NEW MILFORD — Some 15 skaters were in the closed Young’s Field skate park on Thursday afternoon, but they weren’t wielding skateboards. Instead, they toted drills, sledgehammers and pickaxes.

The park has been closed since June 1, when town officials padlocked it after learning skaters made unauthorized modifications over the last two years, including the addition of concrete ramps and quarter-pipes. It was a liability concern, town officials said.

Officials at the time said the park, which had never closed for more than a day since it opened in 2007, would be locked until the additions were removed.

On Thursday, the park was reopened and Dave Peterson, a longtime park builder who owns Rampage Skate Shop in Bridgeport, showed up with a truck full of tools and a crew of local skaters who planned to work until sunset on approved improvements.

Sweaty and busy, the teens and 20-somethings are working for free, 23-year-old Tristan Cornelis said, adding several took time off from work to be there.

“I couldn’t picture it actually happening until being here today and seeing it,” said Cornelis, who organized the project.

Funds for the skate park improvements were raised in just five days in June after skaters grew weary of driving to nearby towns to skate.

“I was pretty disappointed when it closed,” said Dan Leary, 23, who skated at the park nearly every day since it opened.

“I’ll definitely be here when it reopens,” he said. “I won’t have to go to Bristol, Stamford, Newtown. I’ve been all over the place.”

Within days of being locked out, the group had raised more than $5,000 online and enlisted Peters to help make the needed improvements to the park.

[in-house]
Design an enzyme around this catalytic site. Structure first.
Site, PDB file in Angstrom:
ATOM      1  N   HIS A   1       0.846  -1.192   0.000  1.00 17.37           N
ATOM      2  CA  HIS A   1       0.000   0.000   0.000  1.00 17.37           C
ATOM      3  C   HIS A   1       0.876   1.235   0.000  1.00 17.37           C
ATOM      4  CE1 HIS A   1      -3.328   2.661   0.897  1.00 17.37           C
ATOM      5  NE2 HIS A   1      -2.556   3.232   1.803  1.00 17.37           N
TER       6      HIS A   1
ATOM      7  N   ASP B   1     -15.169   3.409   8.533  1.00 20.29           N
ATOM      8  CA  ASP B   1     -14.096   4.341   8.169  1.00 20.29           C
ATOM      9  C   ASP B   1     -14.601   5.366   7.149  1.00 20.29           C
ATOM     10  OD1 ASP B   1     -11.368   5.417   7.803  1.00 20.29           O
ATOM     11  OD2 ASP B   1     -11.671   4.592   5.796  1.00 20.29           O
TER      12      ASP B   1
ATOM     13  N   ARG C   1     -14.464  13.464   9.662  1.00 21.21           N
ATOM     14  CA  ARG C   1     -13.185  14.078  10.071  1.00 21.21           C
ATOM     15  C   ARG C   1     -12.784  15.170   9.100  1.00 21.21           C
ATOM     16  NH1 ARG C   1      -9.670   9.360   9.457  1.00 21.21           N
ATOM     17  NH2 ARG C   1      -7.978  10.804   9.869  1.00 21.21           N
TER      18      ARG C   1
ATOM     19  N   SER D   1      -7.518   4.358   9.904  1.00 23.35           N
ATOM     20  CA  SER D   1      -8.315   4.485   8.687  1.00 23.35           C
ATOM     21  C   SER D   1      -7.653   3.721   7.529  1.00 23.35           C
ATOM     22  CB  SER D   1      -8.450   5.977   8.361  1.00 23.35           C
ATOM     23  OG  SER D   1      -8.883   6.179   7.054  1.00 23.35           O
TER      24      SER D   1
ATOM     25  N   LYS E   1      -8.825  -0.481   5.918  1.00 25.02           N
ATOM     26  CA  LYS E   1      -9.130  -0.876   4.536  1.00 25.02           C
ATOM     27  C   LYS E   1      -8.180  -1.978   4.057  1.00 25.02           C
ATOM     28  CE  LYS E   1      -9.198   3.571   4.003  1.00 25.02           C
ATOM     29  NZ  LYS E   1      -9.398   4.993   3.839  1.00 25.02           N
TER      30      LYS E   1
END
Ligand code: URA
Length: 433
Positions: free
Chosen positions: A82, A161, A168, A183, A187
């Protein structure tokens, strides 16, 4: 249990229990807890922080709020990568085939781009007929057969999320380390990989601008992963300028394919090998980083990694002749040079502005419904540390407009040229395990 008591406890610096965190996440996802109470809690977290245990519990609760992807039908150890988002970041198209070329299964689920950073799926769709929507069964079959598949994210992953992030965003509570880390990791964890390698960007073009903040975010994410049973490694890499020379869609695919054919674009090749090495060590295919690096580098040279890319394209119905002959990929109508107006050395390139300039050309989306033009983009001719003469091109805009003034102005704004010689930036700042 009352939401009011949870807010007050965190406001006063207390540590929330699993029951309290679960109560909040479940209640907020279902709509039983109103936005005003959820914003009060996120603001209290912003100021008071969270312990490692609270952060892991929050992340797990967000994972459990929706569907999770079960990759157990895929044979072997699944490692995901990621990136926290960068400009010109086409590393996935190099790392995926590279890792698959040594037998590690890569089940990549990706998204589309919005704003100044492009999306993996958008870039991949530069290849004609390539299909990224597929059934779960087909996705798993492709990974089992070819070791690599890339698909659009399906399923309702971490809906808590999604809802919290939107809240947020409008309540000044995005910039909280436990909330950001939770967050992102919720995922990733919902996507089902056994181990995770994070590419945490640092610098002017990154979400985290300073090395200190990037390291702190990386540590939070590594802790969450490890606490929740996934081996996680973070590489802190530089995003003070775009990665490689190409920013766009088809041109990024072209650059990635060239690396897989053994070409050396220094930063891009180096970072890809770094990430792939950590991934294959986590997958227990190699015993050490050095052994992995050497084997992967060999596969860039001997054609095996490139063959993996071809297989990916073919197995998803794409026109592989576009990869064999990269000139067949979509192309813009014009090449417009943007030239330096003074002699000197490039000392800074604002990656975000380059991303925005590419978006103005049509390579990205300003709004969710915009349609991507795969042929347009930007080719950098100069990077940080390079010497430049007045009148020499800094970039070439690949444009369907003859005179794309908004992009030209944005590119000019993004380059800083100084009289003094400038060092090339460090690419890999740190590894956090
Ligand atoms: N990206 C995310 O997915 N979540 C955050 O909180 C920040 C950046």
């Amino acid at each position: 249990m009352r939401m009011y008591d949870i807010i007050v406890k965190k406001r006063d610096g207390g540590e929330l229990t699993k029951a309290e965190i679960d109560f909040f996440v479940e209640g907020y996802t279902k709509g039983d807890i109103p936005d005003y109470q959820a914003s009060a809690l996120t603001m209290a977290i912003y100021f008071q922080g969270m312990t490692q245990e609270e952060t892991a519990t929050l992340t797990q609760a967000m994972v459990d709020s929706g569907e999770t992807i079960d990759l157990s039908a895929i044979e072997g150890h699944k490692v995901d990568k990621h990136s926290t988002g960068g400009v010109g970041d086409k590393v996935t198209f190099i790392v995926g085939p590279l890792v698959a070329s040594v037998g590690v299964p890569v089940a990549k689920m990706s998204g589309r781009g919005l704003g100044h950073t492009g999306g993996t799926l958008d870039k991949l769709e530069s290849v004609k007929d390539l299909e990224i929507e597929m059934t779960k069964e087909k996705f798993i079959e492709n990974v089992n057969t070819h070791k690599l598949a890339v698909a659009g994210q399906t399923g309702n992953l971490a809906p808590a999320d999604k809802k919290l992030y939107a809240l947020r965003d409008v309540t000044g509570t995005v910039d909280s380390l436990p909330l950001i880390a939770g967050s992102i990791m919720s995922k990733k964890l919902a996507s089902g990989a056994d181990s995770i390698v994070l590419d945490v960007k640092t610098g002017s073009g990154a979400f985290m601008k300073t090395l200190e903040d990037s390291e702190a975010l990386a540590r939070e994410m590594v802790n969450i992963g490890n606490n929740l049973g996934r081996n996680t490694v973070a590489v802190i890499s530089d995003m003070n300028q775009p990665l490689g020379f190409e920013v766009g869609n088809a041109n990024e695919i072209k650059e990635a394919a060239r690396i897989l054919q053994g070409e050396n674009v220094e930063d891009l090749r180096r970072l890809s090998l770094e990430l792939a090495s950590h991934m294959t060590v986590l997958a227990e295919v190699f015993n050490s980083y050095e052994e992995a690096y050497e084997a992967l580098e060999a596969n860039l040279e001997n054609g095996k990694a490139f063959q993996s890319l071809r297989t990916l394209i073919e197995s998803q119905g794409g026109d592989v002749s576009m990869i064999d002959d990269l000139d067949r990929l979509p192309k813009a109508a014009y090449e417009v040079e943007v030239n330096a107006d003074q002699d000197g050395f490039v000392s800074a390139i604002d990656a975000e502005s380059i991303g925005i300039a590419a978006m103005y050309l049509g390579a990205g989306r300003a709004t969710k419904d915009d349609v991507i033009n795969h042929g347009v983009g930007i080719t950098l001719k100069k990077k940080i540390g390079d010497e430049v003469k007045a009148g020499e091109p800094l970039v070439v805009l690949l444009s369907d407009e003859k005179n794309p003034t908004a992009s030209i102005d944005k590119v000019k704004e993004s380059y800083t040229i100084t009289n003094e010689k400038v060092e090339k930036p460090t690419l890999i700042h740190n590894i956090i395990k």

Money in hand, Peterson and skaters presented plans and a budget to the Parks and Recreation Department last month. The Town Council approved Cornelis’ contribution on Monday and provided $4,735 to help revamp the park.

“It’s a good thing,” said Mayor David Gronbach.

Town Council members applauded the skaters.“Kudos to Tristan and those guys for raising the money,” Town Councilman Pete Bass said.

The skaters plan to work six-hour days for three weeks doing the demolition work preparing for Peterson to pour and shape three trucks full of new concrete.

“Us getting to work? That was never the question. We were ready,” Cornelis said. “It was painful for all of us to answer questions about the skate park for two months.”

The park likely will open in mid-September, Peterson said.

Although the town said the homemade additions would be “jack-hammered away,” the homemade ramps will stay.

“We’re putting the layer on top, so it would just be dead space if we got rid of them,” Cornelis said. “Our stuff will always, kind of, be there.”

blytton@hearstmediact.com; 203-731-3411; @bglytton